Set It & Forget It Rotisserie Ovens
If you found your way here looking for advice on the best set it forget it rotisserie ovens, you’ll find plenty of information here to get you started, and to give you some idea of which models to consider first.
We adore rotisserie cooked meats and years ago would buy cold cuts from the deli or eat out regularly to get a weekly fix of barbecue ribs, especially in the winter when the home barby is out of action.
Funnily enough it was hubby’s diabetes that put a stop to that avenue of fun, but it also resulted in us getting a home rotisserie oven. To cut the demon sugar, we got creative with sugar free marinades and dry rubs which cut sugar and salt out at the same time, since then we’ve never looked back.
In fact we’ve had a lot of fun playing with new marinades including Indian spices, all of which create delicious new flavors and meal ideas, variety is important to my husband Al, who loves his food and hated the new dietary changes.
There are a few things you might want to keep in mind as you peruse potential electric home rotisseries, things like being aware models finished in white are far more likely to go brown after a few months use. They cook at high heat rendering fat as they go, so if you want it to sparkle for longer, consider a model finished in brushed steel, rather than brilliant white enamel.
Cleaning is a big problem to me whenever I’ve got to do it! The biggest thing I watch for is the controls, because knobs and dials do collect food and greasy particles from your fingers, then they get ingrained and becomes difficult to shift without an old toothbrush. Digital touchpad controls avoid this as they are flat and to be fair, many new models have adopted them at last.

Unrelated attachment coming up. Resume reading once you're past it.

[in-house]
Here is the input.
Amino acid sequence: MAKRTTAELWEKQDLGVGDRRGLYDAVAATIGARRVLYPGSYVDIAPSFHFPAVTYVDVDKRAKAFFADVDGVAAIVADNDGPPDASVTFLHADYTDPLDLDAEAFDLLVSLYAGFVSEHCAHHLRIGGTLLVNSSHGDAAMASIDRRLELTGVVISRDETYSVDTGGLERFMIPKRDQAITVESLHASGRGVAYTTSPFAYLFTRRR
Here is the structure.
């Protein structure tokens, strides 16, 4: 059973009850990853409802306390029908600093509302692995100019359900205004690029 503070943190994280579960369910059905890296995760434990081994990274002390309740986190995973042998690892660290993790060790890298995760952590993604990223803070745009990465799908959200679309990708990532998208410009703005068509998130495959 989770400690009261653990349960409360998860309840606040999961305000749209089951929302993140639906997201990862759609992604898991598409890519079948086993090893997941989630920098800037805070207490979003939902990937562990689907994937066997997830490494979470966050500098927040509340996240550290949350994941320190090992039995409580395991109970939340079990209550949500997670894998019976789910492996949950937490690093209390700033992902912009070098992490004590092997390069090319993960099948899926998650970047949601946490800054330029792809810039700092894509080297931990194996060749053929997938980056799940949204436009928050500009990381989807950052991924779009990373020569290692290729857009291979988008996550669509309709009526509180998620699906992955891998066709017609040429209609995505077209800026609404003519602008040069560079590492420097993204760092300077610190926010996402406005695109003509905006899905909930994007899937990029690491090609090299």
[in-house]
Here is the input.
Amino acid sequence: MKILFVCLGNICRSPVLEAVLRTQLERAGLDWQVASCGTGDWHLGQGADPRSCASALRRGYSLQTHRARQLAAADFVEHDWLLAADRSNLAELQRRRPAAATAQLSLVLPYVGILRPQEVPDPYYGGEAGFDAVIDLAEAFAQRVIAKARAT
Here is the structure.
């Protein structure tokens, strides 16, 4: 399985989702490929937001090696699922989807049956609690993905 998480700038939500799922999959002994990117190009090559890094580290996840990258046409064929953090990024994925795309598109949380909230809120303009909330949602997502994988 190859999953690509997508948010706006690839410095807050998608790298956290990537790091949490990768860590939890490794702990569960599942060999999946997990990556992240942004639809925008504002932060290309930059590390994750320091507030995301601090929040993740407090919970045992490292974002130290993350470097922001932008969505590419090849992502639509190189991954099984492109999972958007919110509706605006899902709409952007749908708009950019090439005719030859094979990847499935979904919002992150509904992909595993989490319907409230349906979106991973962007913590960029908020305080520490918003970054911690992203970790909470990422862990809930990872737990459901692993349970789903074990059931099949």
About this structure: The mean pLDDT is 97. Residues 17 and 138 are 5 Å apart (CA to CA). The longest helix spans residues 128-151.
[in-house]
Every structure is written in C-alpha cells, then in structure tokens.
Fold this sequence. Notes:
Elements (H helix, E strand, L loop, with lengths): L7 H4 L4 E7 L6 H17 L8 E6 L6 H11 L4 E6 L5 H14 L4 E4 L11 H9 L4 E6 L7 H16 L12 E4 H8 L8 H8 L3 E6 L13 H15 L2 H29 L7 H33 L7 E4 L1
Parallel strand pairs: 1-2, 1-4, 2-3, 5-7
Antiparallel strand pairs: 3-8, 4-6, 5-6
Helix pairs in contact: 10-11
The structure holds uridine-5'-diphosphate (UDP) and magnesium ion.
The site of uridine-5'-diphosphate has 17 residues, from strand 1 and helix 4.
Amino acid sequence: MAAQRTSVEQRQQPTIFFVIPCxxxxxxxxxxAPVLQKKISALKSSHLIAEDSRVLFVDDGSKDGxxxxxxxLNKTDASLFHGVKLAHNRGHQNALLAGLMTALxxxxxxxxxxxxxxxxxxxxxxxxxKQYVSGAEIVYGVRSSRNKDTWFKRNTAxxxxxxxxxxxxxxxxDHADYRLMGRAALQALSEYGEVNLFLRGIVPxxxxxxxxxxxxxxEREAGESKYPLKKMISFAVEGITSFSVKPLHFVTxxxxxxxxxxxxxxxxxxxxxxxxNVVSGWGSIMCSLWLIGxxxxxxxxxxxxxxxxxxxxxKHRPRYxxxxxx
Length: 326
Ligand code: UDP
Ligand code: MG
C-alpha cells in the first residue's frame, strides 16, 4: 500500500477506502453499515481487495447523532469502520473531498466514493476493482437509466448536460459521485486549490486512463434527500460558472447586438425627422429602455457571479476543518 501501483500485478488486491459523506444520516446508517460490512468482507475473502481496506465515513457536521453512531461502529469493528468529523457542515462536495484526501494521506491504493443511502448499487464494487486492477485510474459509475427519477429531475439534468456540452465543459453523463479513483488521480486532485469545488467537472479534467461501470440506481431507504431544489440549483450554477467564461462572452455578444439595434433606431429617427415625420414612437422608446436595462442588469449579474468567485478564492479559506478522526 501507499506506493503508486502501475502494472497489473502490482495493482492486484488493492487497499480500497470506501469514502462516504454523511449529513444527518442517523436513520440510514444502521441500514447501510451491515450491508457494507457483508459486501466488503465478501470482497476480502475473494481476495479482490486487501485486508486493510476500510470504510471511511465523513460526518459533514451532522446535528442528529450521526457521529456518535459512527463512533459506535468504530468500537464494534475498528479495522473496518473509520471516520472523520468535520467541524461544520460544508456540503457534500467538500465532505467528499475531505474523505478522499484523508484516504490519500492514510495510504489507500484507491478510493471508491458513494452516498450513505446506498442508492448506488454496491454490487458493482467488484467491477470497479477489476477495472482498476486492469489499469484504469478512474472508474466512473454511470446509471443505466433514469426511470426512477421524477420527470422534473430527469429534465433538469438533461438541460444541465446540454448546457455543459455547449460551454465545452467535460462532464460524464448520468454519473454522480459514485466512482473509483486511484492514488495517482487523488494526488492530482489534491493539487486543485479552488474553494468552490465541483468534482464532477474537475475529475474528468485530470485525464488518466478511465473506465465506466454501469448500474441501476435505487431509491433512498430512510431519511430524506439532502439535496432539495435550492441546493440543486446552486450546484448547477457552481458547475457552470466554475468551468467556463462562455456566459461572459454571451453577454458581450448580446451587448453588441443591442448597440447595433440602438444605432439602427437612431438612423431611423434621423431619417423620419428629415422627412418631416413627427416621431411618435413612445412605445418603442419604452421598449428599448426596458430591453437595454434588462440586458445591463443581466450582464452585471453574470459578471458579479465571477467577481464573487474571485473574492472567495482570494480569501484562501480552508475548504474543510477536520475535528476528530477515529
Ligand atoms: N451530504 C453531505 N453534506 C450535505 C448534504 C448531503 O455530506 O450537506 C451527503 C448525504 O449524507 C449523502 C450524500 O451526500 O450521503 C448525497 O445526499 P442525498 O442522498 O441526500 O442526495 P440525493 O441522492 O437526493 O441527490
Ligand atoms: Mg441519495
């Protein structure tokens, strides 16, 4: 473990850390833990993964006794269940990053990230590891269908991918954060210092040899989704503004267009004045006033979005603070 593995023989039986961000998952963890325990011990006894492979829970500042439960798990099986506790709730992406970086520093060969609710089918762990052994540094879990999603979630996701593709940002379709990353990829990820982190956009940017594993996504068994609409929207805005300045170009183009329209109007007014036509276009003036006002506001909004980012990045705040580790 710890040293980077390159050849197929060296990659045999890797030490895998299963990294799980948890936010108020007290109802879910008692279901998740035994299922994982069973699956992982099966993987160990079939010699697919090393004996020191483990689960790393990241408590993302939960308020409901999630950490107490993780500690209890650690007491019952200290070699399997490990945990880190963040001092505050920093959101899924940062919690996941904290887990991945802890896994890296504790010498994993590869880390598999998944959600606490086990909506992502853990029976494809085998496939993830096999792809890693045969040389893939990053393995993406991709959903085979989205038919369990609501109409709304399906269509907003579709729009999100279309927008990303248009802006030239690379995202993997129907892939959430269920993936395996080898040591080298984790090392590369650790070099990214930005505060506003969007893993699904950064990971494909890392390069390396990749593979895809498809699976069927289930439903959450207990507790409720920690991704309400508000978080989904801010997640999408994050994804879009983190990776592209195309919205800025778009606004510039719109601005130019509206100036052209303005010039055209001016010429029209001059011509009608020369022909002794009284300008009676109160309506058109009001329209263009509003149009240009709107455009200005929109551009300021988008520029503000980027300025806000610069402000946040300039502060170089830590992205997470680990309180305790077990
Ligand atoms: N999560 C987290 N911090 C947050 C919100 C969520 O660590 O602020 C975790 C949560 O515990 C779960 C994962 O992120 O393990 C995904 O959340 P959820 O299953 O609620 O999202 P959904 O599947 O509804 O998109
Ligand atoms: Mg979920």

The last thing to mention here would be height. If you were thinking of a vertical rotisserie because they use less counter space, be sure and check the height of any overhead cupboards, you don’t want to scorch them or bubble the unit’s paint and yes, sadly this is the voice of bitter experience.
Which Rotisserie Models Should You Look At First?
The first rotisserie oven we bought was a Baby George Foreman and we still have it today, partly because it turns out the most awesome totally crispy skinned chicken ever. The clue is in the name, it really is a bijou rotisserie and ideal if you live as one or two people.
Perhaps not as much a set it and forget it rotisserie as others with more sophisticated features, Baby George still has plenty of pre-set cooking programs making rotisserie cooking a cinch for even new and inexperienced cooks. It comes with the usual set of accessories including a basket for veggies and fish.
There are two downsides. Firstly there is no heat control available, it’s either on or off, which isn’t flexible at all. Secondly and for us more importantly, is the size.
Though it looked big enough online and also out of the box on the kitchen counter. Reality only sets in as you try valiantly to cram a 5lb chicken into space which (in my opinion) takes a 4lb bird. We use it now when the joint of meat or poultry is small and it goes on vacation with us too.
Follow The Crowd
The most popular home rotisserie on the market and the one to first coin the phrase set it and forget it rotisserie, is the Ronco Showtime. Advanced features single this out as a cut above the rest.
Firstly it cooks stupendously fast and has the capacity to easily accommodate two large chickens.
Cooking is way more flexible as the rotation can be turned on or off, meaning if you want a conventional roast you can do so.
The Ronco also has a pause and sear feature to seal meat in the first minutes and then to crisp it up at the end, plus variable heat control throughout cooking. There is no guesswork in cooking, the sheer number of pre-sets means you really can set it and forget it until ready to serve.